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An Open Letter to Bishop Whitaker by Annette Jones

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  • umcornet
    The following open letter from Annette Jones is a open letter to Timothy W. Whitaker, Resident Bishop, Florida Area. She is responding to his statement at:
    Message 1 of 1 , Mar 31, 2004
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      The following open letter from Annette Jones is a open letter to
      Timothy W. Whitaker, Resident Bishop, Florida Area. She is
      responding to his statement at:


      Dear Bishop Whitaker:

      I know that being Bishop, though a great opportunity, must be very
      difficult at times. As General Conference approaches, I'm sure the
      stress increases. So, I want you to know that we at St. John's and I
      personally are lifting you and your colleagues up in prayer on a
      regular basis.

      I read with interest your statement regarding the Dammann verdict.
      It is my respect for you and my belief that the Holy Spirit works
      through thoughtful discussion that prompts me to respond to your
      statement in this open letter.

      I understand that you interpret the verdict in the Dammann trial to
      be an indication that the jurors broke covenant with the United
      Methodist Church. What I fear that you and others fail to wonder
      about is 'what is prompting so many educated, thinking, people of
      conscience, some of whom are widely held to be experts on the Book of
      Discipline, to believe that Karen Dammann should continue in the
      ordained ministry despite the section of the Discipline that appears
      to prohibit her appointment?' I do not believe the answer is as
      simple as 'because they are being disobedience to the order and
      discipline of the church'.

      My sense is that Bishop Tuell and the jurors are attempting to bring
      to light the fact that the Book of Discipline is not in harmony with
      itself, i.e., that one part of the Discipline affirms the civil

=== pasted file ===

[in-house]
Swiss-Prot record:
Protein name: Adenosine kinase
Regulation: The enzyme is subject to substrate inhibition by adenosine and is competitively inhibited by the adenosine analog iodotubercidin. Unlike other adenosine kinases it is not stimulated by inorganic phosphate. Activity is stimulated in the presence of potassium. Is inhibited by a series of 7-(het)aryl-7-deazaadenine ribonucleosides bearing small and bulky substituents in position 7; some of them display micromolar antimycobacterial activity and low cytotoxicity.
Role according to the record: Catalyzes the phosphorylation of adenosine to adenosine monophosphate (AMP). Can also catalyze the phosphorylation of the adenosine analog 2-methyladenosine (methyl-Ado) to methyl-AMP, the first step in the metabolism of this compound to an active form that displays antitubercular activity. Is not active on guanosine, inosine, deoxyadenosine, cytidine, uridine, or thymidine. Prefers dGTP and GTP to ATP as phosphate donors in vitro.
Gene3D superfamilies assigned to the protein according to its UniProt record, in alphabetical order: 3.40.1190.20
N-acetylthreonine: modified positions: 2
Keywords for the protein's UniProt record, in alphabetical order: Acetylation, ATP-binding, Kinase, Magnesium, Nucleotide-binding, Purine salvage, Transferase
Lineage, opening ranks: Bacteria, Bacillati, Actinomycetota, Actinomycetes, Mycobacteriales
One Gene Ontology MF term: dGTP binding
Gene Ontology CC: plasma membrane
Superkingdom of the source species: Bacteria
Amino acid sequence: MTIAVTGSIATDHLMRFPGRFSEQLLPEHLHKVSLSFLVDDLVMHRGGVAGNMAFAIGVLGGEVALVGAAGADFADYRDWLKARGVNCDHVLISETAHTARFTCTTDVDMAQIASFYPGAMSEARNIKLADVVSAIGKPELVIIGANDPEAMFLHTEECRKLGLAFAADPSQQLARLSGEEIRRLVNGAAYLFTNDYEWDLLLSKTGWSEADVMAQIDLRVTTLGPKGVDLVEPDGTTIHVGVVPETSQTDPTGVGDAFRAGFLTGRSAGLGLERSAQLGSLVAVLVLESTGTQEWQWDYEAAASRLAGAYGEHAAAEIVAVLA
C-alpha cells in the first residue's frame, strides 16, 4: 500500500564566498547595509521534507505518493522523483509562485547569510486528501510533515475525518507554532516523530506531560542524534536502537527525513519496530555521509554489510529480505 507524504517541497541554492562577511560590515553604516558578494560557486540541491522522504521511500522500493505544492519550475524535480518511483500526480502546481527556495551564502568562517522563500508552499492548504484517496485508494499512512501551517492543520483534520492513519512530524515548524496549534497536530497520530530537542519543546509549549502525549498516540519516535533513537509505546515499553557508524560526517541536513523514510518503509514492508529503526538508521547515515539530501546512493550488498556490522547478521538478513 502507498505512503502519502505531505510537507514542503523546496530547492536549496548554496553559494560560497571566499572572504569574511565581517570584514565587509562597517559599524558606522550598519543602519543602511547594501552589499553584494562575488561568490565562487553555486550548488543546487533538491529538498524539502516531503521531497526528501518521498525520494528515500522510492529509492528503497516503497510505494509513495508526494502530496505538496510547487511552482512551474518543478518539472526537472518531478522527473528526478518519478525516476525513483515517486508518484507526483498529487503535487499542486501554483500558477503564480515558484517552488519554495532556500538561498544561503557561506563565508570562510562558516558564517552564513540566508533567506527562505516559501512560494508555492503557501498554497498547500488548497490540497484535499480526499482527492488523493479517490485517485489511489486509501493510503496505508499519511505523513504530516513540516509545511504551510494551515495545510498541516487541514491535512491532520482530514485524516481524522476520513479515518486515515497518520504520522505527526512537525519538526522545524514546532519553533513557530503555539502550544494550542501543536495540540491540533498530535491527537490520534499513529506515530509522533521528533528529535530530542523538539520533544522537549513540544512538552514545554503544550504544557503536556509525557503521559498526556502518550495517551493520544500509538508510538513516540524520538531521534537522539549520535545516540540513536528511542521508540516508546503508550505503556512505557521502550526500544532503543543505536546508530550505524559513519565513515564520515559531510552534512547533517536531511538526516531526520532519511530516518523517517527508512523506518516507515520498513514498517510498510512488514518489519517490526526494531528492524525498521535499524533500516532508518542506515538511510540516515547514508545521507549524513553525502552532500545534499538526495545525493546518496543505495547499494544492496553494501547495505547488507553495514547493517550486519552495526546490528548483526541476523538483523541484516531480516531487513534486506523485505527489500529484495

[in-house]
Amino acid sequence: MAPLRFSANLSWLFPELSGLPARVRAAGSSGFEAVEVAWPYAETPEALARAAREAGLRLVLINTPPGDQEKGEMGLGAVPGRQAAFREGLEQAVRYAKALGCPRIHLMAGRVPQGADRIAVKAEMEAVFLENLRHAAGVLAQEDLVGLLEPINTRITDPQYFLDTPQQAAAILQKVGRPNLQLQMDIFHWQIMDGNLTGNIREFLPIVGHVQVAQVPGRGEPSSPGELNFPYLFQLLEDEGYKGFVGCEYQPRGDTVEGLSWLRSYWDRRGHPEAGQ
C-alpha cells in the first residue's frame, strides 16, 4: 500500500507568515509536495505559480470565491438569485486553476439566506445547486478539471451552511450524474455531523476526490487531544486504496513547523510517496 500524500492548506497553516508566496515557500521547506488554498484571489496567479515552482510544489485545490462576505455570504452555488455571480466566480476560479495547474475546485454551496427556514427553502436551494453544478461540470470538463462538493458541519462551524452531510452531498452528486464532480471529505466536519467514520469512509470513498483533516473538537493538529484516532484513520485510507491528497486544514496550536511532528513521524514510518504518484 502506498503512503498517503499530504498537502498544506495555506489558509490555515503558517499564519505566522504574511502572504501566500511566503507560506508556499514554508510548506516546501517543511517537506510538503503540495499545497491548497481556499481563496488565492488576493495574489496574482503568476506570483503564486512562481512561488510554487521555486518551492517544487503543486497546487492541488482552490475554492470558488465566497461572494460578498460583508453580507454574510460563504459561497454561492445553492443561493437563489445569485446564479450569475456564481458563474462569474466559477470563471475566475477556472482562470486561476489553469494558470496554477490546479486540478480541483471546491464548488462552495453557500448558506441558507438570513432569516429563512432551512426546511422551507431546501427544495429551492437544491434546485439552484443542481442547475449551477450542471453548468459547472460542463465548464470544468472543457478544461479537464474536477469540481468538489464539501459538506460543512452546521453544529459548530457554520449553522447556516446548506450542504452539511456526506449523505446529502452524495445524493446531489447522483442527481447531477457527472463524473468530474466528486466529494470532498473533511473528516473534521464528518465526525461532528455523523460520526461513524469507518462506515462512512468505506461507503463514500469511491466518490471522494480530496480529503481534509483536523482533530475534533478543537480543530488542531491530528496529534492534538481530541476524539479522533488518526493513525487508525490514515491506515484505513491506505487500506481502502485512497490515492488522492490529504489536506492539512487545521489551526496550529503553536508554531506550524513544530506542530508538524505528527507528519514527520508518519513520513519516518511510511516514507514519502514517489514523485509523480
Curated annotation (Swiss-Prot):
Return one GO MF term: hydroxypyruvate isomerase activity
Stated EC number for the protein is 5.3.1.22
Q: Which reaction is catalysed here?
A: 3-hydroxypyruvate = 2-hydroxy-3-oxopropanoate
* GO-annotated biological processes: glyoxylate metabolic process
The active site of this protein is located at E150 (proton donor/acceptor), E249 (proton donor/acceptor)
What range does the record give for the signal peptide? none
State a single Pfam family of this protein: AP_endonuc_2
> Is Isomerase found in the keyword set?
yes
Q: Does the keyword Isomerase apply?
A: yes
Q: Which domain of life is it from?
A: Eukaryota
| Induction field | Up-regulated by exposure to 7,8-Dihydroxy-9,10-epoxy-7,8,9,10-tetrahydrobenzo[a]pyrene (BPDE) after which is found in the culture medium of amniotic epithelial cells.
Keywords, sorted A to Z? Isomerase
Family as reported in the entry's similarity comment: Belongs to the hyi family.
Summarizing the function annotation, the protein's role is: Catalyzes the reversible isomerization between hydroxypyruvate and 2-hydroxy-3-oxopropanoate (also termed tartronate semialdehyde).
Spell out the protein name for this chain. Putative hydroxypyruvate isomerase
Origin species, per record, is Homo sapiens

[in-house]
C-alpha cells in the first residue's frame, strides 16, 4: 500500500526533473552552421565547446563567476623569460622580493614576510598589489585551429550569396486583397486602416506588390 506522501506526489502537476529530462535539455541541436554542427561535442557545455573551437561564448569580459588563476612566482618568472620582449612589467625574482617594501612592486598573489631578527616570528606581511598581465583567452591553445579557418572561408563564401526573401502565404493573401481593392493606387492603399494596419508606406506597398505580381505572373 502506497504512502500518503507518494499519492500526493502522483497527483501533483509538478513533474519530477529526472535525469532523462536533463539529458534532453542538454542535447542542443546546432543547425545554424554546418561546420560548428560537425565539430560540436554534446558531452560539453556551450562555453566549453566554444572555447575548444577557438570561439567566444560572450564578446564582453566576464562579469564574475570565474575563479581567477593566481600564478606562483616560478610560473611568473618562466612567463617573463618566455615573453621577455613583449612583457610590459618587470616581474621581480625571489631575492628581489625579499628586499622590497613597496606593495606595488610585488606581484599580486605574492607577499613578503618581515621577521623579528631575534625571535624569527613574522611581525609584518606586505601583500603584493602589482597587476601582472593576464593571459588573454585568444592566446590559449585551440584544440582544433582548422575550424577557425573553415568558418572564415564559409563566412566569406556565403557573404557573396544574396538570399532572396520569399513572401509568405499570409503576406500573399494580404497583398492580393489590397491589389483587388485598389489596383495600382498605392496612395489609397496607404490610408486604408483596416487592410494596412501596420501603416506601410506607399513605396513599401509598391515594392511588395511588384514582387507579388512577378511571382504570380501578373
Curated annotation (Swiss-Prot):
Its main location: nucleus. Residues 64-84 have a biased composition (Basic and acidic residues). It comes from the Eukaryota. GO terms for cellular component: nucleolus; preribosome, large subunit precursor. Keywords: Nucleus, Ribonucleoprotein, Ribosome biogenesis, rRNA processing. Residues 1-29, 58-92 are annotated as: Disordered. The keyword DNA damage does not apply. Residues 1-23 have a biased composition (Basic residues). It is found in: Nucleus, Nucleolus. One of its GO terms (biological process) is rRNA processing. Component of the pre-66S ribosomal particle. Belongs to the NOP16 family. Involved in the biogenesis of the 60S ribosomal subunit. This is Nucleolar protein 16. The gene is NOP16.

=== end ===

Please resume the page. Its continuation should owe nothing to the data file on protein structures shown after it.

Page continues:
rights of all persons regardless of sexual orientation and another
      part denies qualified persons who have gifts and graces for ministry
      the right to a job even though they qualify for the position in every
      way other than sexual orientation. It is this breach of the
      Discipline with itself that many Bishops and church leaders fail to

      The General Conference passed a prohibition refusing to accept as
      candidates, ordain persons who are homosexual and refusing to give
      jobs to persons who were ordained before the prohibition was put in
      place, because they are homosexual and because homosexuality
      is 'incompatible with Christian teaching'. The passage of this
      legislation arguably put the Discipline in conflict with itself and
      broke covenant with those previous General Conferences that affirmed
      the civil rights for all persons. One or the other has to be removed
      from the Discipline before the breach within the Discipline will be
      resolved. Then, when the Discipline is no longer in conflict with
      itself, the way will be clear for the church to resolve the breach
      within its members.

      I appreciated your analysis of Just War Theory last year and your
      argument that the war in Iraq was not just because, among other
      reasons, it was a preemptive strike. I share your concern on this
      matter. I find it significant that back a few years ago when the
      Discipline stated that United Methodists considered 'war to be
      incompatible with Christian Teaching' that the General Conference
      never found it necessary to even consider adding statements to the
      Discipline that would refuse to allow persons who were part of the
      military industrial complex to be accepted as candidates for
      ministry, be ordained or be appointed to serve within the United
      Methodist Church. Why is this?

      Even when our president who is a United Methodist took us to war in
      Iraq and many United Methodists, including Bishops, were divided over
      the wisdom of going to war and wrote and argued about this and there
      were many different opinions about this -- why did the issue of war
      not divide our church in the way that the issue of ministry and
      sexual orientation is doing now? There are certainly many more earth
      shaking consequences to the United States having launched the first
      preemptive war in our history (as it turns out) for no good reason --
      the many lives lost, being but one tragic example.

      How many people have died because Karen Dammann is serving as a
      pastor in the United Methodist Church? The more appropriate question
      might be, how many people's lives have been healed and transformed
      because Karen Dammann is serving as a United Methodist pastor?

      During this Holy Season, I can't help but recall the trial of Jesus.
      At the risk of sounding dramatic, I can only pray that our church
      does not whip itself into such frenzy by General Conference that the
      only cry that can be heard from those assembled is "Crucify Her! and
      all those like her!"

      Grace and Peace,

      Annette Jones, Pastor
      St. John's on the Lake First United Methodist Church,
      Miami Beach, FL 33140
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